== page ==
6. Once you have cleaned the mud and salt off of your plants (as much as you can), you can see what’s actually broken. Also, giving plants a day or two (or more) to recover will help you in seeing where and if new growth is already emerging. If there is new growth appearing this should guide you to decide where to prune.
Do Not Apply Fertilizer!
7. NOT APPLY FERTILIZER right after salt water flooding, as fertilizer is also composed of salts and can actually increase damage. You need to sit it out until plants begin to show strong growth, before applying fertilizer. When you do apply fertilizer, as aways – make sure you read the directions. You may be tempted to apply a stronger than recommended dose. Don’t. Fertilizer applied at a high rate can damage delicate root systems.
Remove Large Trees First
8. Deal with your largest trees and shrubs first, focus on downed trees and of course anything affecting personal safety. Where there is risk, consider bringing in professionals to remove the large damaged woody material.
Prune Back to the Next Shoot
9. After dealing with the major damage, move on to removing snapped branches, bent or damaged growth and broken leaves. Stems can be pruned back to the next potential new shoot. Look for new growth that might be emerging or buds. Remember that a hard pruning after a storm can be an additional stress to plants already under pressure. So, when in doubt remove the bare minimum. Then come back in a week or two and see what else needs to be dealt with.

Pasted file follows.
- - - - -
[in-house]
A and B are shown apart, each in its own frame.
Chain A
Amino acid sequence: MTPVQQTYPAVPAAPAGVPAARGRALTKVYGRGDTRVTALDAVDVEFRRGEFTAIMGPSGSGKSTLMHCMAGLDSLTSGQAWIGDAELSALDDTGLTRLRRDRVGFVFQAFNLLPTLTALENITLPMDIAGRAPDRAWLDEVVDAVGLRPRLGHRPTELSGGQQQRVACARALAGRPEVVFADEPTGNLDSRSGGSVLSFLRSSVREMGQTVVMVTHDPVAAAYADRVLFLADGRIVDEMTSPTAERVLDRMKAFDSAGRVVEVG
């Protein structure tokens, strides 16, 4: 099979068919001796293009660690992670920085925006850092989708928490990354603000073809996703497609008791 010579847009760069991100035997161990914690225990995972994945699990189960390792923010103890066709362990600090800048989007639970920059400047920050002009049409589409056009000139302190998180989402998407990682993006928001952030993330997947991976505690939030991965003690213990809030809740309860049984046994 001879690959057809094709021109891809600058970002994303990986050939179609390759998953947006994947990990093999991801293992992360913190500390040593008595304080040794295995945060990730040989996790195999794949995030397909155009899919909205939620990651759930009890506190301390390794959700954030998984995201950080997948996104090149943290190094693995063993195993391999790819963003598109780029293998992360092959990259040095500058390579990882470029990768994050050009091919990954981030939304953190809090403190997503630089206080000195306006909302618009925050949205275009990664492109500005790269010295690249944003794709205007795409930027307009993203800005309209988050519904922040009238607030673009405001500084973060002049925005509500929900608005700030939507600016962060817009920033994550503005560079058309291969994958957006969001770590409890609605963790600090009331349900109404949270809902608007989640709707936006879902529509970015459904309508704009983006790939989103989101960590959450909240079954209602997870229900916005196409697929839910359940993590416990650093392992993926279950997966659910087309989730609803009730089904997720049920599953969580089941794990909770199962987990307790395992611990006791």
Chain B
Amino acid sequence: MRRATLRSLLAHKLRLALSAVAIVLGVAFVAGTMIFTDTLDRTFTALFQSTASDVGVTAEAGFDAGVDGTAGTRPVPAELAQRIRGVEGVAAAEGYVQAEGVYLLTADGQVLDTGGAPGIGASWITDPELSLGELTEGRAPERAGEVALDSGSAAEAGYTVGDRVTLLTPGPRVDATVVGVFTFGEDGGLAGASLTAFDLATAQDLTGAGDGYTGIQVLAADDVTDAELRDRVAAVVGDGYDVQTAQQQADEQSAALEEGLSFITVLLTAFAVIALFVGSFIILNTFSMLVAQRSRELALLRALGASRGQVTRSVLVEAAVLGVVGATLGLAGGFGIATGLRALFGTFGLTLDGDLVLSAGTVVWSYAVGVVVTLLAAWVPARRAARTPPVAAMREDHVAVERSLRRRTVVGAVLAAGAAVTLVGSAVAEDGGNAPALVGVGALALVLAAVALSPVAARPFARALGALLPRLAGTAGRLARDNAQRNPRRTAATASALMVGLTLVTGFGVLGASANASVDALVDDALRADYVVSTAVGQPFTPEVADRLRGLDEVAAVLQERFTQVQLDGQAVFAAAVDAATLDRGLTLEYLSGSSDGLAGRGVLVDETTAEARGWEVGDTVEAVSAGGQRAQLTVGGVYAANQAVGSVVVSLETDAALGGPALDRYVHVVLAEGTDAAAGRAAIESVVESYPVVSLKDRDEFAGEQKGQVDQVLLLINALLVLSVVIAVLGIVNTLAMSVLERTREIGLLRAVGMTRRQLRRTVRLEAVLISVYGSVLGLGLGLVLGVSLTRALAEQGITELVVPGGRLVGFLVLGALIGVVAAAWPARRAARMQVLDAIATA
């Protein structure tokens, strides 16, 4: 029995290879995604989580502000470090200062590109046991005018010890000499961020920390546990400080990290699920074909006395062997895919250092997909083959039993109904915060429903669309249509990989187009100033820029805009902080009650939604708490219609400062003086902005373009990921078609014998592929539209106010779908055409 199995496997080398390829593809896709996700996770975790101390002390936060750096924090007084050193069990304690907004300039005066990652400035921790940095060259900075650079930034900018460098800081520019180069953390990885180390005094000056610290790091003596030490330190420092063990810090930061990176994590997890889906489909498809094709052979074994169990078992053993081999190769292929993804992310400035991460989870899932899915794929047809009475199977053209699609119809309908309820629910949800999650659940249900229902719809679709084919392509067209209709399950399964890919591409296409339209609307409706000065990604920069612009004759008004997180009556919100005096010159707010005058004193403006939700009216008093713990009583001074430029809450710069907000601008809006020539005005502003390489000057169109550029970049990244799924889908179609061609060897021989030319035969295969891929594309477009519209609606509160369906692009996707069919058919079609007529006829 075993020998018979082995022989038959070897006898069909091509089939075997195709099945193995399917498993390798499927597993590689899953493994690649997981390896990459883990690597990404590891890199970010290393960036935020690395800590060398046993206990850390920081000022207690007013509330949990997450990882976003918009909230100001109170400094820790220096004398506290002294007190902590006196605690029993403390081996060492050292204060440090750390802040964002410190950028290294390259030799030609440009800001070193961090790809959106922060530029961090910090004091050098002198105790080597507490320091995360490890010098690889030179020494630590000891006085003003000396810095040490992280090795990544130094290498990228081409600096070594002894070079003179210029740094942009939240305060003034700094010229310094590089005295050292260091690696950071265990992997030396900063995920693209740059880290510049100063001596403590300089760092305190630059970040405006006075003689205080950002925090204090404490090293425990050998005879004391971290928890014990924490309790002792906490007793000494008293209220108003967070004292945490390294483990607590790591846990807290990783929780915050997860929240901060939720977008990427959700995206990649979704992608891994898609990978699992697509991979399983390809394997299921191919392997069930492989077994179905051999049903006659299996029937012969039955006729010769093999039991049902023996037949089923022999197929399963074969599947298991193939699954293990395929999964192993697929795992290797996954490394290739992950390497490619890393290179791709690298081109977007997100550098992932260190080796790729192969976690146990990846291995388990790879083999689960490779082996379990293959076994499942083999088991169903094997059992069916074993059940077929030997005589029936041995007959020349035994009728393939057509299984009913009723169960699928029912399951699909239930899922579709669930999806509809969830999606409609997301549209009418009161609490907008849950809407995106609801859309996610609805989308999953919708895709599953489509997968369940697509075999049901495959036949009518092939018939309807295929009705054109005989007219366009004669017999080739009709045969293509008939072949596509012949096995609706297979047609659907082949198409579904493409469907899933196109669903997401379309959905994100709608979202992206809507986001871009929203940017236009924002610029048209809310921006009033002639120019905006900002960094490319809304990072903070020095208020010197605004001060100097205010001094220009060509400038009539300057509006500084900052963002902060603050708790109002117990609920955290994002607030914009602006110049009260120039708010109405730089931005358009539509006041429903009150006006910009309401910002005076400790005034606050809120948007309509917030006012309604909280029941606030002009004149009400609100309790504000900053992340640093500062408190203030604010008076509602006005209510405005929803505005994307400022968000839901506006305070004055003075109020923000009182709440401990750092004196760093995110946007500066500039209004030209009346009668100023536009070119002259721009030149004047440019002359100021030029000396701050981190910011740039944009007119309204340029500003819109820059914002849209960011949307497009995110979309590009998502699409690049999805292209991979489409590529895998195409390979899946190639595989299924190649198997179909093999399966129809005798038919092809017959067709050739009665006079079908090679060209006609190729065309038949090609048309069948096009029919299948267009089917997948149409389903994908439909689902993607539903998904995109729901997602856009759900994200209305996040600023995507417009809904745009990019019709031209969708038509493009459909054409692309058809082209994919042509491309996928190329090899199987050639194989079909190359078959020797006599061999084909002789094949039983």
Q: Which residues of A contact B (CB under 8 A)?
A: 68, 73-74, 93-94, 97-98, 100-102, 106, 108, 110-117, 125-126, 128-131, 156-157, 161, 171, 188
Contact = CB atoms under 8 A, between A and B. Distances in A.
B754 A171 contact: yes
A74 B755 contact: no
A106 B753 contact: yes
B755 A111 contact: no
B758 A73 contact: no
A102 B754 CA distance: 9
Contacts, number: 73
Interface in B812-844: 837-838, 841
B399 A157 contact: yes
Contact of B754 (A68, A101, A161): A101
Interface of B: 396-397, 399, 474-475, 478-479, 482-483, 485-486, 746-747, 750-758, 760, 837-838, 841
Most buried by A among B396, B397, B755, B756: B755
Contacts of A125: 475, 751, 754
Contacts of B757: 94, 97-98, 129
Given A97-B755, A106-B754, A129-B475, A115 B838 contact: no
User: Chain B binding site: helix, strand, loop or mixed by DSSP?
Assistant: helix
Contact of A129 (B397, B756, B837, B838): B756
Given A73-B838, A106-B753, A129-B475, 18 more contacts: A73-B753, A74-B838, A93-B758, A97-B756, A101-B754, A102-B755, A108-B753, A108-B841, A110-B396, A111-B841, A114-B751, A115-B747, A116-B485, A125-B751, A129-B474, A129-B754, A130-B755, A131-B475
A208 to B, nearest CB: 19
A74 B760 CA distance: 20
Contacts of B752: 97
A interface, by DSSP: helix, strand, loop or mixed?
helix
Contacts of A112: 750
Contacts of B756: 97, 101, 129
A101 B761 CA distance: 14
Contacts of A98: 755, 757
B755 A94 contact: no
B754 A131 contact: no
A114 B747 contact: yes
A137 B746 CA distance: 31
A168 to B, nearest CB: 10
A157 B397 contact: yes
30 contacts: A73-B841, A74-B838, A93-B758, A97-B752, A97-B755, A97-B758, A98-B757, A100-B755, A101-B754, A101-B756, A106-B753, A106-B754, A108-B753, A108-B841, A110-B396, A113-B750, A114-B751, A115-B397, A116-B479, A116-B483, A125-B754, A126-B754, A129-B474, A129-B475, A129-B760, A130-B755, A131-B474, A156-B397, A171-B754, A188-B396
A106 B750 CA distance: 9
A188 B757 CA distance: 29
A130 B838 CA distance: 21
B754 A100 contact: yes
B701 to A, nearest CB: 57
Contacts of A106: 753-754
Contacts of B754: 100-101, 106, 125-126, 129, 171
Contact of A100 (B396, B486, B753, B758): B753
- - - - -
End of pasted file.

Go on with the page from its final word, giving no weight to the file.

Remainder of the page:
Look After Your Pots
10. If your pots have been saturated with salt water, simply replace the soil entirely. If you left the soil, residual salts in the soil would really limit plant growth and health. The old soil can be composted. It will shed most of the salt in the composting process. If you have a special plant in a tub and replacing the soil isn't possible, flush lots of water through the soil to rinse out salt buildup. Because containers drain out excess water, super saturation of soil is less of a problem than it can be in the landscape. Allow the soil to dry as you normally would before watering.
If your container was flooded with non-salt water, you may still want to replace the soil and start again. However, you could also give your plants time to recover. Since salt buildup isn't an issue, you shouldn't need to flush water through the soil and you DO want to fertilize.
While storm damage is never pleasant it can often surface new areas in the garden, allowing for change as well as providing fertile compost for a renewal of beauty as the garden recovers. Try to look for the silver lining as you clean up, maybe a new view, richer soil, or a chance to take your garden in a new and exciting direction!
Storm induced flooding can also act to enrich a garden by bringing in new soil with high levels of organic matter. Similar to a river delta this can be extremely fertile soil, so as long as it is not so thick that it smothers the plants, most gardens will recover quickly after being flooded. For turf grass and ground cover plants, removing the majority of the soil that was washed in and relocating it is the first step. Once the tips of the plants are showing through, try to rinse the remainder of the soil below the leaf tops and let nature take over.
Let us know if we can help by answering any questions and we’d love to hear your recovery stories over time.